Food (Fruit & Vegetable; Herb & Spice)
      Edible Plant Parts (Edible Fruits; Edible Leaves; Edible Flowers), Medicinal
      [Others]: Food: Immature fruits, young leaves and flower buds of L. aegyptiaca are used as vegetables. The young fruits are cooked or fried for use in soups or sliced and dried for later use. Young fruits from the sweet cultivars may be eaten raw like cucumbers or pickled if small in size. Mature fruits are fibrous, bitter and inedible, containing purgative substances. The seeds are a source of edible oil. Medicine: The fibres, charred and fresh fruits, seeds, leaves and sap from the stem of L. aegyptiaca have uses in medicine and cosmetics, particularly in Japan and China. Other uses: The mature fruit of L. aegyptiaca is the source of the loofah sponge, which has many commercially important uses. Rind and seeds are removed from the mature, leaving behind the internal fibrous spongy network, which is the part that is used. One of the most significant uses of loofah sponges was as filters in engines, for which there were no other acceptable substitutes, during the Second World War, when Japan, the main producer of filters stopped exports due to the war. Loofah sponges were then also used in steel helmets and armoured vehicles for their shock- and sound-absorbing properties. Today, loofah sponges are used as insulating material, bath sponges, door and bath mats, insoles, sandals and even gloves.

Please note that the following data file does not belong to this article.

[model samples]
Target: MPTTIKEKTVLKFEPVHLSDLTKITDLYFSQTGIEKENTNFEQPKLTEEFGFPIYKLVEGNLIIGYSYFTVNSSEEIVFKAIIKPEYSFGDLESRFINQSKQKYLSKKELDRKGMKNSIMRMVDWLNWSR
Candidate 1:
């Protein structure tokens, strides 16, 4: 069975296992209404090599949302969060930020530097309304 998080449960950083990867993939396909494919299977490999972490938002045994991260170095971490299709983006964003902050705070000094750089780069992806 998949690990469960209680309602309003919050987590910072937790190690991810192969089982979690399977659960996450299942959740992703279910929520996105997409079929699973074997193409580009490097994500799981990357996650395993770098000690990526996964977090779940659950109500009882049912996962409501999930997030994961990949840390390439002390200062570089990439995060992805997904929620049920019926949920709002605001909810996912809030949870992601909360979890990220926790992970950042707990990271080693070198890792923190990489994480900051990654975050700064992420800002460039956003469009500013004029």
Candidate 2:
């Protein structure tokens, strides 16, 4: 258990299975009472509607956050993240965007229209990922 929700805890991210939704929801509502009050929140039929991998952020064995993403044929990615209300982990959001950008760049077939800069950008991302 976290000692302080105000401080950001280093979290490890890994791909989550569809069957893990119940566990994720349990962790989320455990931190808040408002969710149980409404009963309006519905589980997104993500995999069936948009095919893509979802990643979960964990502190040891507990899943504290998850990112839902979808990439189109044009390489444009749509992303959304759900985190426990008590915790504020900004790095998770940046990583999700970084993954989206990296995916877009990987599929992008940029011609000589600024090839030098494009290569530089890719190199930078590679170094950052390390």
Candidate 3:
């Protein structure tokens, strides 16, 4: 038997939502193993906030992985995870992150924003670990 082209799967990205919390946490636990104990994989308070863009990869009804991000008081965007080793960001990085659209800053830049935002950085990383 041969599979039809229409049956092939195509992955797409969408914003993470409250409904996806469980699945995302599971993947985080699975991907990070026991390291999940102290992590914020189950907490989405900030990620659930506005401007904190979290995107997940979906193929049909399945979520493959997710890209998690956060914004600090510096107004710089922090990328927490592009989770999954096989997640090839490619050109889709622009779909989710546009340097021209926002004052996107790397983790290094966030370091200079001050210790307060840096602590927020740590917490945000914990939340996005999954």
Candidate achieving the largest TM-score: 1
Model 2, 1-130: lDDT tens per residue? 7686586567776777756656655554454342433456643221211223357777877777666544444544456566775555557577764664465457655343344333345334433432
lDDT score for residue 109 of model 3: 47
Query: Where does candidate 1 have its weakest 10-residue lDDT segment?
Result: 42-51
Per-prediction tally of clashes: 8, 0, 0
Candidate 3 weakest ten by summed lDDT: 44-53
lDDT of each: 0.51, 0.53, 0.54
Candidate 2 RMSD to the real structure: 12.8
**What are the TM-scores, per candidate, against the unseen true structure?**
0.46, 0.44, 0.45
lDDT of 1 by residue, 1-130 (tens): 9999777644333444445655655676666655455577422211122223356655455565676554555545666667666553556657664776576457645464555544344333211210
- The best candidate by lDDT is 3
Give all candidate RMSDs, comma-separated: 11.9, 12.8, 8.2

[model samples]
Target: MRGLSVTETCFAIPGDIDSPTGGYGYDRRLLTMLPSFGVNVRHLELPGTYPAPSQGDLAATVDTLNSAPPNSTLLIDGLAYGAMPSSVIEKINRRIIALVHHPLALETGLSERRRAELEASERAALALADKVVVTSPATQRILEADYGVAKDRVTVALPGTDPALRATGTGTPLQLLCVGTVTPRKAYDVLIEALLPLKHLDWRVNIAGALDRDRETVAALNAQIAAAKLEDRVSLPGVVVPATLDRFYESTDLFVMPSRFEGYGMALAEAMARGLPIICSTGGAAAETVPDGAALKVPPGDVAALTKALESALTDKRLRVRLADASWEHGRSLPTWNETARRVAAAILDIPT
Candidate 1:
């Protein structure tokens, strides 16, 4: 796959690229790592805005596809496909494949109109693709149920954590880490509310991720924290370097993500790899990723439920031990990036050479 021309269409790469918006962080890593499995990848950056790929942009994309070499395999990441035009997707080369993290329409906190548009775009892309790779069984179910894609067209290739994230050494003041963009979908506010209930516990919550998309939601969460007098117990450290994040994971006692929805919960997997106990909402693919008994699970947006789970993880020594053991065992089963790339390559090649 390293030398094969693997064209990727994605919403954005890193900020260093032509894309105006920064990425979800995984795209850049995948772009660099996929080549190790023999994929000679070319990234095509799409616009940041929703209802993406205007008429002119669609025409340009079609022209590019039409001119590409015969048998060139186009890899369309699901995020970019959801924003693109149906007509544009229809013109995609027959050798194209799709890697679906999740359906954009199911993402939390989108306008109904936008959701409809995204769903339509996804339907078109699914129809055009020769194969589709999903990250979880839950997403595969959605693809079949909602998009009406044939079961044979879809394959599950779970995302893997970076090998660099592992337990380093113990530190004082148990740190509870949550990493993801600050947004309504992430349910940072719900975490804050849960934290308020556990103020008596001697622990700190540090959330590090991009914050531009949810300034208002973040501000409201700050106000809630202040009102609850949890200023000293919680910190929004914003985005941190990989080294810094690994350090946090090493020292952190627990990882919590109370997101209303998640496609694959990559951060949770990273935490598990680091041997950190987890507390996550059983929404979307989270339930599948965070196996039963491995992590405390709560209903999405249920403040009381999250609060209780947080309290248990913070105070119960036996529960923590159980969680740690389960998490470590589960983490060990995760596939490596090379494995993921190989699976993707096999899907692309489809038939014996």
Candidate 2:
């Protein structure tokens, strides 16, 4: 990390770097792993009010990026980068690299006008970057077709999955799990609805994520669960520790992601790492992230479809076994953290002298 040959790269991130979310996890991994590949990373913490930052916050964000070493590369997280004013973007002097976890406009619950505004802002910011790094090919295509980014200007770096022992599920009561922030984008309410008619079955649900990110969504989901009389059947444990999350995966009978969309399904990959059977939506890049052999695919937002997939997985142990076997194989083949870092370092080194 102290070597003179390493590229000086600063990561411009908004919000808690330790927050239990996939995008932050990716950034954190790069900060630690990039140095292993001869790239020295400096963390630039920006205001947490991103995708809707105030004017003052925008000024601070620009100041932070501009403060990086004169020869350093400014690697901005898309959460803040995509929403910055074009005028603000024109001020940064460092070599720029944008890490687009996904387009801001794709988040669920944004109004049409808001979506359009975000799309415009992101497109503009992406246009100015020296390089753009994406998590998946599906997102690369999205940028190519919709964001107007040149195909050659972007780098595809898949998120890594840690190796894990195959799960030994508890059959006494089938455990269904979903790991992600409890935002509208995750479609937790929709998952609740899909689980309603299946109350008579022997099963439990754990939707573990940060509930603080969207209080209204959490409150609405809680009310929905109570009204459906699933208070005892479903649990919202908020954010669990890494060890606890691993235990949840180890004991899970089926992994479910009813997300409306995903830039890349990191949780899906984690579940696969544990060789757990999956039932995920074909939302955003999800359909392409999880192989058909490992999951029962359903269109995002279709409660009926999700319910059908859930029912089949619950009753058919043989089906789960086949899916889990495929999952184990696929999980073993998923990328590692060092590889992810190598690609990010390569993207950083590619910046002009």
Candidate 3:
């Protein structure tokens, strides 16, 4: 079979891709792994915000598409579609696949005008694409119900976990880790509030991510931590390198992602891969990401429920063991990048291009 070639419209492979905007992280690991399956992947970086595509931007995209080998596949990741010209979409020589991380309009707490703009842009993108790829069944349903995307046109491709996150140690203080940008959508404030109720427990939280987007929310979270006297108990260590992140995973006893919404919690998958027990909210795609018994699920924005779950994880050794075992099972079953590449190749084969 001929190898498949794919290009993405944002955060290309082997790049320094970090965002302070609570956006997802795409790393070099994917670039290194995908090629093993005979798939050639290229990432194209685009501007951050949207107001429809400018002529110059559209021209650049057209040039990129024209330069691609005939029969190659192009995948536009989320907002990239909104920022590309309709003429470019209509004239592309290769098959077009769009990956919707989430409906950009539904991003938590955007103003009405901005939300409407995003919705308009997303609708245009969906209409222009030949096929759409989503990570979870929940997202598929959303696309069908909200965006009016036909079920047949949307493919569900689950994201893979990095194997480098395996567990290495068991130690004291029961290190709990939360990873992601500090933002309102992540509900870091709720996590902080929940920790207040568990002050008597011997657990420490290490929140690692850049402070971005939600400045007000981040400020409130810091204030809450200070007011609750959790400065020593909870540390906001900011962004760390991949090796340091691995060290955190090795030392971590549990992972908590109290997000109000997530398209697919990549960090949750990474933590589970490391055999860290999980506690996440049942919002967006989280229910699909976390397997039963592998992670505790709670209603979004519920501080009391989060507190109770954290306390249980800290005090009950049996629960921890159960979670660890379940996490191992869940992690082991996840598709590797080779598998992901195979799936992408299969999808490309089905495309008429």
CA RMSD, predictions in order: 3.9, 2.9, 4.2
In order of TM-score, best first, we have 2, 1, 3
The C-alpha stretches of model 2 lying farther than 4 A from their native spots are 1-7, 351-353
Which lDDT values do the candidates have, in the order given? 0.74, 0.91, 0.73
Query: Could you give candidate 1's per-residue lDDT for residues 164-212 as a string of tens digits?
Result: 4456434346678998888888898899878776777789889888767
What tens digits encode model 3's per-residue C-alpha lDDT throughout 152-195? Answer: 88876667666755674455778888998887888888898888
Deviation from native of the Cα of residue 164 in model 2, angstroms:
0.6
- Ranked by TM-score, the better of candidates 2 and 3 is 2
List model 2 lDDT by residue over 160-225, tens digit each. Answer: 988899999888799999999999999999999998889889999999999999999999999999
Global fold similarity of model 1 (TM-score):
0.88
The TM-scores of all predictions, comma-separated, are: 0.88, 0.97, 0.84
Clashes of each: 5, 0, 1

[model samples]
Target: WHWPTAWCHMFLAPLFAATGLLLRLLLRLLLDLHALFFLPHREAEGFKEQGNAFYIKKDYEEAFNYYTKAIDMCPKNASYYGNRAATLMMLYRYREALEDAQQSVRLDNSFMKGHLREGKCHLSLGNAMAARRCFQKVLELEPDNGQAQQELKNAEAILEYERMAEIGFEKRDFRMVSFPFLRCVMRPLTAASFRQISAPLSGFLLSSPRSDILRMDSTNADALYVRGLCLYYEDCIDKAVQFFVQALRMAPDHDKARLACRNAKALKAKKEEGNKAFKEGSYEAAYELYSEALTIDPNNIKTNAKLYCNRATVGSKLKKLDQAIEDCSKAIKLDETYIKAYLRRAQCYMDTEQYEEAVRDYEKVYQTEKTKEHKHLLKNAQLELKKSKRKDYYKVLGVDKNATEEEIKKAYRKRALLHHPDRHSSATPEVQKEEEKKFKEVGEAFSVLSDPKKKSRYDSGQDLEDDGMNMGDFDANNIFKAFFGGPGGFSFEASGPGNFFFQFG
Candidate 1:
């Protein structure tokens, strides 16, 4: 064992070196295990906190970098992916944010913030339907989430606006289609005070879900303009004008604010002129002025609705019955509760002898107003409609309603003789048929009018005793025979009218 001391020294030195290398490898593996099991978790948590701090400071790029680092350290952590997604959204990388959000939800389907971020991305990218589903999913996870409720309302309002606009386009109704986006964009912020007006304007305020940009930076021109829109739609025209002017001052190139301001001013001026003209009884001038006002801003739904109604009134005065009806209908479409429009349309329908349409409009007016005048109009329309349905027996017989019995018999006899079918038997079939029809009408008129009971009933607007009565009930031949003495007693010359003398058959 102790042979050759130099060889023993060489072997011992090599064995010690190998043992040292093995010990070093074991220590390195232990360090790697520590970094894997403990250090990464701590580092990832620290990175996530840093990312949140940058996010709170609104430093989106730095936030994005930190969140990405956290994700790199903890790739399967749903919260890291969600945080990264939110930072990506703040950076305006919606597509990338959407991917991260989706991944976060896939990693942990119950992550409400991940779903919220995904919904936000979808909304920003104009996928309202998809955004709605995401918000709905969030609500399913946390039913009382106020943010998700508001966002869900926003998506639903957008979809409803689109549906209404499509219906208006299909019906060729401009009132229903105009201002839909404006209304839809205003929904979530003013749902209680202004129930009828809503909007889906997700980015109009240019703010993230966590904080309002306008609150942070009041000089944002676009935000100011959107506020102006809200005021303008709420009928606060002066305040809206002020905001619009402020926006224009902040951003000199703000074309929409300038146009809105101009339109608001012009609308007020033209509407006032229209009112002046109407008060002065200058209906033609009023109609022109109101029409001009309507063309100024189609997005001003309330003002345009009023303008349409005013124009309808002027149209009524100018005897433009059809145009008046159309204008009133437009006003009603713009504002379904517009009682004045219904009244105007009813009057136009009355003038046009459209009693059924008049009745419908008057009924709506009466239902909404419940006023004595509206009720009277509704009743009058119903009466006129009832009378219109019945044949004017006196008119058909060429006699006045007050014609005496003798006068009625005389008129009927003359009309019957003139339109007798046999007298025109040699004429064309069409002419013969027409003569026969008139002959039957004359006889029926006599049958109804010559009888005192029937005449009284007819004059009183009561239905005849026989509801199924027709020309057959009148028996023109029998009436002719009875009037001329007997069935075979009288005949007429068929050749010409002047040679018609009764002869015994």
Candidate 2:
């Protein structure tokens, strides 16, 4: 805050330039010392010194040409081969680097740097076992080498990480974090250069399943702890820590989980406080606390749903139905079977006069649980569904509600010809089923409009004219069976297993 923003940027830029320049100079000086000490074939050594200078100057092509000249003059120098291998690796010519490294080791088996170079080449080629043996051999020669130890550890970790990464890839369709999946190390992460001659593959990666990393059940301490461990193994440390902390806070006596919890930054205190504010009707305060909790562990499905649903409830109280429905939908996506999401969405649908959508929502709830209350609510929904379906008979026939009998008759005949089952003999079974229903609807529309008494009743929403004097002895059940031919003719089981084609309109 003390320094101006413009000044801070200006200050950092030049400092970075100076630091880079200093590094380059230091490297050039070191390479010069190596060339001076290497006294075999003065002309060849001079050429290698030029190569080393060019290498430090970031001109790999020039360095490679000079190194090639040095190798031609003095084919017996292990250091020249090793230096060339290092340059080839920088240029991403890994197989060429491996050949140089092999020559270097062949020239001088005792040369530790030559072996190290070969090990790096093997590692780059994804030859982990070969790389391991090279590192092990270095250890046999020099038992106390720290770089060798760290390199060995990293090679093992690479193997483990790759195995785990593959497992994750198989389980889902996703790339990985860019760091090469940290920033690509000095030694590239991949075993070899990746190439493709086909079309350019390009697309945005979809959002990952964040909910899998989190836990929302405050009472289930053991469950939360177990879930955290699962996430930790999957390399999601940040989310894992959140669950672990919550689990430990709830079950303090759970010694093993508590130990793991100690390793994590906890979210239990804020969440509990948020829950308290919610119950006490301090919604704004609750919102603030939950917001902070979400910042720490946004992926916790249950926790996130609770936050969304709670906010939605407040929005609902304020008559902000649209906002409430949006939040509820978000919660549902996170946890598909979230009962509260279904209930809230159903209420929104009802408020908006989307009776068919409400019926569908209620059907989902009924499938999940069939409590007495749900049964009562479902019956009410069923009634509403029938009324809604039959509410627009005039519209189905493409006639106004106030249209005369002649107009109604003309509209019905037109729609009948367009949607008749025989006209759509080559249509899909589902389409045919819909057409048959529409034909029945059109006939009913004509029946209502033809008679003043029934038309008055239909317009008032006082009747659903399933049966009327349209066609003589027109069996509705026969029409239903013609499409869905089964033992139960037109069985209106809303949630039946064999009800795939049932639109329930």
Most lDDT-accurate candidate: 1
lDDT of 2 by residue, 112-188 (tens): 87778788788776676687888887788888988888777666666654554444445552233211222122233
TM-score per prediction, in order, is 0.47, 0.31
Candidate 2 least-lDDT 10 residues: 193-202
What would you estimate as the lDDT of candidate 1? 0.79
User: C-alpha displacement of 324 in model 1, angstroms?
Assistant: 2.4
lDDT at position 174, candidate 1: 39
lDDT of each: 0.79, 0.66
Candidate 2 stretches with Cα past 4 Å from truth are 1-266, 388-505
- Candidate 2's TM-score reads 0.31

• Landscaping Features
    • Desirable Plant Features :
      Ornamental Flowers, Ornamental Fruits
      Plant & Rootzone Preference/Tolerance :
      Well-Drained Soils, Fertile Loamy Soils
      Landscape Uses :
      General, Vertical Greenery / Green Wall, Container Planting
  • Fauna, Pollination & Dispersal
    • Pollination Method(s) :
      Biotic (Fauna) (Insects (Bee))
  • Plant Care & Propagation
    • Light Preference :
      Full Sun
      Water Preference :
      Moderate Water
      Propagation Method :
      Seed
  • Foliar
    • Mature Foliage Colour(s) :
      Green
      Mature Foliage Texture(s) :
      Rough
      Foliar Modification :
      Foliar Tendril
      Foliar Shape(s) :
      Non-Palm Foliage (Palmate)
      Foliar Venation :
      Palmate
  • Non-Foliar & Storage
    • Stem Type & Modification :
      Herbaceous
  • Floral (Angiosperm)
    • Flower & Plant Sexuality :
      Unisexual Flowers (Monoecious)
      Flower Colour(s) :
      Yellow / Golden
      Inflorescence Type :
      Raceme
      Flowering Opening Time :
      Daytime
      Flower Lifespan On Plant :
      Several Days
  • Fruit, Seed & Spore
    • Mature Fruit Colour(s) [Angiosperms & Gymnosperms] :
      Brown
      Fruit Type :
      Dehiscent Dry Fruit (Capsule)
The information given on this website has been compiled from reference works on medicinal plants and/or pron only. It is not a substitute for medical advice or treatment and NParks does not purport to provide any medical advice. Reliance on this information is strictly at your own risk. You should always consult your physician before using or consuming a plant for medicinal purposes.